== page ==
At Marks & Tavano Workroom, Upholstery Is an Art Form

Lloyd Marks and Michael Tavano run the custom upholstery atelier Marks & Tavano Workroom.On a quiet side street in the South Bronx stands an unassuming industrial building where top decorators go to make their clients’ wildest upholstery dreams come true, whether it be curtains embellished with 200 mother-of-pearl buttons or a 10-foot-tall tufted headboard. Located on the third floor, Marks & Tavano Workroom is a 5,000-square-foot atelier where 10 highly trained craftspeople immerse themselves in tasks ranging from reupholstering vintage seating to creating both manual and motorized draperies to constructing custom furniture and bedding. “Not a single product comes out of here that’s the same as the one before it,” says Lloyd Marks, who handles the business’s operations. His partner and husband, Michael Tavano, an interior designer, serves as creative director.

The couple started the company in 1998, shortly after Tavano relocated to New York from Boston, where he had begun working as a decorator in 1984 and had run an upholstery workshop for several years. “I’ve always had a passion for fabric and sewing,” he says. “My grandmother was a floor manager for a clothing manufacturer, so I learned a lot from her.” Early on in his career, Tavano began fabricating his clients’ draperies himself, eventually garnering the attention of fellow decorators who admired the quality of his work. “I quickly learned that while one interior design commission might lead to a new client, a decorator could bring me multiple upholstery jobs, so I began focusing on that, and it eventually became my primary business.” Marks & Tavano Workroom, says decorator Jamie Drake, a longtime client, is “the only one I know of where the creative director is a designer himself. Michael is so sensitive to proportion and detail, and he delights in new ideas.”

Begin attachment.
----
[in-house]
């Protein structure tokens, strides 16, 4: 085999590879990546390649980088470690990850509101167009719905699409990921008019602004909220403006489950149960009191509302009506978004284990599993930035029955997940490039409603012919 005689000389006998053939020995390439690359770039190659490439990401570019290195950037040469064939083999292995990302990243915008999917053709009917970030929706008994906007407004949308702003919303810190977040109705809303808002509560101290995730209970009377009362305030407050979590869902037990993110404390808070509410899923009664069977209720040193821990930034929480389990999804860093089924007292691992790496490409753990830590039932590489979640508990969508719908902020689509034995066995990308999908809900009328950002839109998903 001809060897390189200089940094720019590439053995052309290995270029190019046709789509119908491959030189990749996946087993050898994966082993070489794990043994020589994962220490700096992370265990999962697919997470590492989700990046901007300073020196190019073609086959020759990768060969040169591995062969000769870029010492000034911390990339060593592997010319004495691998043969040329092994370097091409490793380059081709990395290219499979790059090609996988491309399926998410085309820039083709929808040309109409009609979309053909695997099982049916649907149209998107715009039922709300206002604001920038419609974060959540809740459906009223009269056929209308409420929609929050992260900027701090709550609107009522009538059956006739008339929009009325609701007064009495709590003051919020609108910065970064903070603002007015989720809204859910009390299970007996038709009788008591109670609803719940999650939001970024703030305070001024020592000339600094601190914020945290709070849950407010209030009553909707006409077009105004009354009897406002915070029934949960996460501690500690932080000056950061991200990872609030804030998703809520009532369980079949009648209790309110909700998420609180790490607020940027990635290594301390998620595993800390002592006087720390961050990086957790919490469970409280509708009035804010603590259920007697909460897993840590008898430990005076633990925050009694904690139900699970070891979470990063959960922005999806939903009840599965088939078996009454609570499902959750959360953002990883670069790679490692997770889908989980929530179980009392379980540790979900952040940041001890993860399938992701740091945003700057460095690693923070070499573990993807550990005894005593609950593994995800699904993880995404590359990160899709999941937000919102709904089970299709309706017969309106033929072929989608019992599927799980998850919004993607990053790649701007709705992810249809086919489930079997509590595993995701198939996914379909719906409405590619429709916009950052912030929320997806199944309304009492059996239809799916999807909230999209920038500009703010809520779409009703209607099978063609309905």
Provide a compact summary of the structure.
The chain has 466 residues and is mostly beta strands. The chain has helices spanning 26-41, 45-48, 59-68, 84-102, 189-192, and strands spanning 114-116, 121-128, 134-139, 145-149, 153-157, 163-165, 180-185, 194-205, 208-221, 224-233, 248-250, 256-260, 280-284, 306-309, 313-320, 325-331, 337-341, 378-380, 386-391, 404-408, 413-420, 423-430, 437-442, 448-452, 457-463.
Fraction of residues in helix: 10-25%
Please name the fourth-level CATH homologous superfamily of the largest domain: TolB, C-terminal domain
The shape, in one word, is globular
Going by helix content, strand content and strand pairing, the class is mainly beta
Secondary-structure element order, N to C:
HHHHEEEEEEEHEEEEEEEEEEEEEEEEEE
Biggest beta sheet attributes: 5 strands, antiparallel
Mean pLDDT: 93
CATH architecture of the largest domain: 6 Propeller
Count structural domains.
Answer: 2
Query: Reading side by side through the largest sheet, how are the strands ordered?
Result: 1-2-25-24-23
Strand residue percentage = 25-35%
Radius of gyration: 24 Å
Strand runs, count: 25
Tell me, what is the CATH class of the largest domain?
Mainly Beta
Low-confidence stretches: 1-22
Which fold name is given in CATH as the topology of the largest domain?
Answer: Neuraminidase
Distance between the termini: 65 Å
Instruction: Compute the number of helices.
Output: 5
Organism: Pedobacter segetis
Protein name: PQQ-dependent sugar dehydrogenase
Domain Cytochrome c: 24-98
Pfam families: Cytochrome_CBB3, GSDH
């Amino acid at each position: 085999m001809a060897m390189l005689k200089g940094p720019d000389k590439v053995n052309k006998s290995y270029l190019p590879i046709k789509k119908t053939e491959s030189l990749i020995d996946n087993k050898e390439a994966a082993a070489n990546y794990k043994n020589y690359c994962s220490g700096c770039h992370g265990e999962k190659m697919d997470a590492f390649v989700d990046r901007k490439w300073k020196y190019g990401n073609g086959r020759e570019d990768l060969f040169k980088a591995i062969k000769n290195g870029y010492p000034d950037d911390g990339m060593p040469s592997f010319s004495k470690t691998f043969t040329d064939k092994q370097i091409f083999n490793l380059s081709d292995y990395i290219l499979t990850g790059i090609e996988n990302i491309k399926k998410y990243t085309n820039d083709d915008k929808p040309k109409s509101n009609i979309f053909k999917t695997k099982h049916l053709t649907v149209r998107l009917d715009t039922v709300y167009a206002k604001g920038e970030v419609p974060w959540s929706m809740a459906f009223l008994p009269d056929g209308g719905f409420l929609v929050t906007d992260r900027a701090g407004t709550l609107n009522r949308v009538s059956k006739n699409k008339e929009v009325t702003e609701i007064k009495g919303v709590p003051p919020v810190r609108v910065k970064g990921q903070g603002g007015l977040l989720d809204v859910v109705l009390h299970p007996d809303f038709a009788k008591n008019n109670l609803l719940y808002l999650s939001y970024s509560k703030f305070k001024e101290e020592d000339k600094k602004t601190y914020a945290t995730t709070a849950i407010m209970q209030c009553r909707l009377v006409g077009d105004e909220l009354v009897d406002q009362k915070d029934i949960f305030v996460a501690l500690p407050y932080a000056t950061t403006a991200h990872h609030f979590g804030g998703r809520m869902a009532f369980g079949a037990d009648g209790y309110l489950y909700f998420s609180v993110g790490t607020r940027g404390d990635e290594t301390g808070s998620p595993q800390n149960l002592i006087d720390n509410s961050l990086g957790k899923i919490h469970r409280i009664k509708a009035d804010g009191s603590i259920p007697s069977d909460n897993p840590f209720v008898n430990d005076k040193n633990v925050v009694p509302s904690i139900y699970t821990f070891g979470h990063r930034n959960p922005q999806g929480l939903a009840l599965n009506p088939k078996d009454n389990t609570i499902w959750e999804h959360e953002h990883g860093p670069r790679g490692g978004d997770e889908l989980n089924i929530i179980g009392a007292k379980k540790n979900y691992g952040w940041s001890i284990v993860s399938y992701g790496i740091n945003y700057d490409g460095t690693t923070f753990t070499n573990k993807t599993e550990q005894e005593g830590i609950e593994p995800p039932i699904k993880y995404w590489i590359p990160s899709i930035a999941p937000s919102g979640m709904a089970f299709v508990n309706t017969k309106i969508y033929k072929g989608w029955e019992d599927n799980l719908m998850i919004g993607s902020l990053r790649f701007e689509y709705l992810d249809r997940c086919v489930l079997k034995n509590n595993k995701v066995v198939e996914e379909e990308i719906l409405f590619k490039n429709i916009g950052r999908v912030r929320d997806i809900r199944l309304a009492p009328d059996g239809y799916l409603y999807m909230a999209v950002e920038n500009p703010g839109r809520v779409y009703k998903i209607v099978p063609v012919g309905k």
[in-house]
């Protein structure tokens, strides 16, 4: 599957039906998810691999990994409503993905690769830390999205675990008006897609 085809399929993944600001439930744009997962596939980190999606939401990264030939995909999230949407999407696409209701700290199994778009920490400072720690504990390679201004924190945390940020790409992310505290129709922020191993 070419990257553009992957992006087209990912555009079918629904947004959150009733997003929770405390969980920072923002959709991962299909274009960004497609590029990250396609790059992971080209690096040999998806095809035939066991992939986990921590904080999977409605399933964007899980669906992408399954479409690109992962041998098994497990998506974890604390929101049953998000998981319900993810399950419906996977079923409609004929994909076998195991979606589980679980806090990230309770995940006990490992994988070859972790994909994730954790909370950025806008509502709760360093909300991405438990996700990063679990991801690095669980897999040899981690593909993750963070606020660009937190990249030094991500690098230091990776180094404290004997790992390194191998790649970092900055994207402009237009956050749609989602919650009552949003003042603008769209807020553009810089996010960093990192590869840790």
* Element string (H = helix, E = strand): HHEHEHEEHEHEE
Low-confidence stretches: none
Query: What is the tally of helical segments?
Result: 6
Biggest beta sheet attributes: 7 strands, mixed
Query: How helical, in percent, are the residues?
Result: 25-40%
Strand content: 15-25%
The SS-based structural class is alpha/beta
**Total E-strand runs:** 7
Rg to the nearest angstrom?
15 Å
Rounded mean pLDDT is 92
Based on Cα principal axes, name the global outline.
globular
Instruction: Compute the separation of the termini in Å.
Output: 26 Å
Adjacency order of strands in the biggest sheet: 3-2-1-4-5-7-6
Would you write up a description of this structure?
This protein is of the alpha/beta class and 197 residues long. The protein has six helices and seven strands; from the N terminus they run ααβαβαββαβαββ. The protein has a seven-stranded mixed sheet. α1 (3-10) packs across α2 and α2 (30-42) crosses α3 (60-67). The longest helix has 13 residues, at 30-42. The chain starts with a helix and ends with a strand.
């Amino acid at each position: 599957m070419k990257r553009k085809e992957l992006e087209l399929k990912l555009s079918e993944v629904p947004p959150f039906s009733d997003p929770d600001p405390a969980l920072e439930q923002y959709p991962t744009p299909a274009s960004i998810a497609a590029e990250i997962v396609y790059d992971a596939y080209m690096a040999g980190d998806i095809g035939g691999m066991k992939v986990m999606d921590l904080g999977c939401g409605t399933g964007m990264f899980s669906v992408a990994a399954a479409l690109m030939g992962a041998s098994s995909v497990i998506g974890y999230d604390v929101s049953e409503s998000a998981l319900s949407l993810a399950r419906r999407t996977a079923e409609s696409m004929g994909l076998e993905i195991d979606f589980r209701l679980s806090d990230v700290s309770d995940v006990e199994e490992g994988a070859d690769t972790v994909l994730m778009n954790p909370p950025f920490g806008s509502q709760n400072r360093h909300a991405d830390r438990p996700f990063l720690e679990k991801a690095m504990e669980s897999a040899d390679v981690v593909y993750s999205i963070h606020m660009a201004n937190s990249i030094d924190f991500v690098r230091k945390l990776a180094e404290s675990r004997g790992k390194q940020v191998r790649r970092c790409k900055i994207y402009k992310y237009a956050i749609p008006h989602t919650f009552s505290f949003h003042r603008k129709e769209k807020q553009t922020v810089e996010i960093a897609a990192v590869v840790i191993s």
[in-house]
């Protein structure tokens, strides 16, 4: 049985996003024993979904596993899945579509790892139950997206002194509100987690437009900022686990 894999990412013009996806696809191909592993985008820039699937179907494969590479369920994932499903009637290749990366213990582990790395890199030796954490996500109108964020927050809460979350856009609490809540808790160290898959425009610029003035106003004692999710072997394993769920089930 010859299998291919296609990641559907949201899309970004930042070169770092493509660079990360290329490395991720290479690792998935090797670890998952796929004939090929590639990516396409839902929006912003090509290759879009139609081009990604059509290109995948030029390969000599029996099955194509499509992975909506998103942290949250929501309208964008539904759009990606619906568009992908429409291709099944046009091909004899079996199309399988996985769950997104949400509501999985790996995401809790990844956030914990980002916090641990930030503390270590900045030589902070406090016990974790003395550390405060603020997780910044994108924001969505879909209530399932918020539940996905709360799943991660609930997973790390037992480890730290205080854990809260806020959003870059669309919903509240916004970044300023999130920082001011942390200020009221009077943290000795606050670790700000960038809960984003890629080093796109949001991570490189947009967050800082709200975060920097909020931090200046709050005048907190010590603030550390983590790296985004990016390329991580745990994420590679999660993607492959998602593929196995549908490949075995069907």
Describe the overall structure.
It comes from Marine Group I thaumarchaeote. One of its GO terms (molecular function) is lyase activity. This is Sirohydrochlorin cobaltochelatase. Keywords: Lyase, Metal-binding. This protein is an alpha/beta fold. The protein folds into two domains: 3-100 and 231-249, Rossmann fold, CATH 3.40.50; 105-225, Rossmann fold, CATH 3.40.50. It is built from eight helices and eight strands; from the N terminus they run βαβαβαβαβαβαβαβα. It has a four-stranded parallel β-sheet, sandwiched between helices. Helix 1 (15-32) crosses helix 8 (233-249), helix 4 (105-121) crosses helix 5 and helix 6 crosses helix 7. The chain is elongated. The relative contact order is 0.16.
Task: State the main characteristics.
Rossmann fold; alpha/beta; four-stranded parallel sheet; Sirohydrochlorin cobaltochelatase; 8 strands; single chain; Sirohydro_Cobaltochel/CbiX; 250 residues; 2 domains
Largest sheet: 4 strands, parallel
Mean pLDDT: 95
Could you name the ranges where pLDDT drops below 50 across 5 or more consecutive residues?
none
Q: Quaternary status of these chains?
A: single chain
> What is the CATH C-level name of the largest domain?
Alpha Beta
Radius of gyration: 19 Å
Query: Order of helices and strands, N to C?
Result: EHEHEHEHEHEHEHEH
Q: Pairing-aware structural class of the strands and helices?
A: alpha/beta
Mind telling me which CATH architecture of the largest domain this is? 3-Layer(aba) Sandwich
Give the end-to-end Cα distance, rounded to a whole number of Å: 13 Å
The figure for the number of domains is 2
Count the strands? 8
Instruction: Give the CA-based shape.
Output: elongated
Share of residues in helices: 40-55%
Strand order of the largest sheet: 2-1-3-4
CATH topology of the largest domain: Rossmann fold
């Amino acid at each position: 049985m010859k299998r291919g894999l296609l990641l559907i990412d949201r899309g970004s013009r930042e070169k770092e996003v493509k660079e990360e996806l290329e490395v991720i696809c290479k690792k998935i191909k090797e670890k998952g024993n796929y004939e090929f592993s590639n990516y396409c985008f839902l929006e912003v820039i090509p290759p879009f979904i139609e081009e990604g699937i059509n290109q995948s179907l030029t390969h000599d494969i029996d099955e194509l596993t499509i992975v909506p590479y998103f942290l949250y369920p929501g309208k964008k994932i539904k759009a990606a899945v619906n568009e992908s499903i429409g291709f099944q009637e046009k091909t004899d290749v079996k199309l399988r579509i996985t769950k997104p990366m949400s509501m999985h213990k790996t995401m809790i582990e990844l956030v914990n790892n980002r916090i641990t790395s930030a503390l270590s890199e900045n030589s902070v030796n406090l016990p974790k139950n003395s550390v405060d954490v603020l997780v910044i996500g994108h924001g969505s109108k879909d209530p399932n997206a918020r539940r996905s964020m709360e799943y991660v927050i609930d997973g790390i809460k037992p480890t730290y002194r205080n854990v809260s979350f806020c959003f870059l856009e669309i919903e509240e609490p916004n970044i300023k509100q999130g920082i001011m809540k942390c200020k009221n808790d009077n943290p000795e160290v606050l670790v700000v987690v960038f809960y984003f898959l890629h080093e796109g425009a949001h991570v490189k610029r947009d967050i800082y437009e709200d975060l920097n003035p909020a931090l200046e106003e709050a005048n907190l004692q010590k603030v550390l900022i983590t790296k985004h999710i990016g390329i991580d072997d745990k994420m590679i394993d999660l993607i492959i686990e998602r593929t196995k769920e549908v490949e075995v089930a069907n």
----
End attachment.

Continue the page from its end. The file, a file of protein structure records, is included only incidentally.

The workroom employs 10 highly skilled craftspeople including Balbina Lambert and Zoila Reino, who are shown making napkins and pressing pillowcases.Every employee has a specialty, such as sewing or upholstery, so each finished piece of furniture or curtain upholstery reflects the work of many expert hands. When fabric arrives at the studio, a machine fitted with a fluorescent light inspects it for flaws and measures it for proper yardage. Manager Arjoon Boodoo then cuts it to size and passes it along to the appropriate craftsperson for further detailing, whether it be upholstery padding, hand-sewn appliqués, or other embellishments such as piping, button-tufting, and decorative trim.

Samples of the embroidery technique known as smocking.As a last step, either Tavano or Boodoo performs a final inspection before the finished product is packaged for shipping. “All our employees take great pride in what they’re doing,” says Tavano. “It’s nice to know that our small contributions to a person’s home can really make a difference.”

A version of this article appeared in the April 2017 issue of NYC&G (New York Cottages & Gardens) with the headline: All Sewn Up.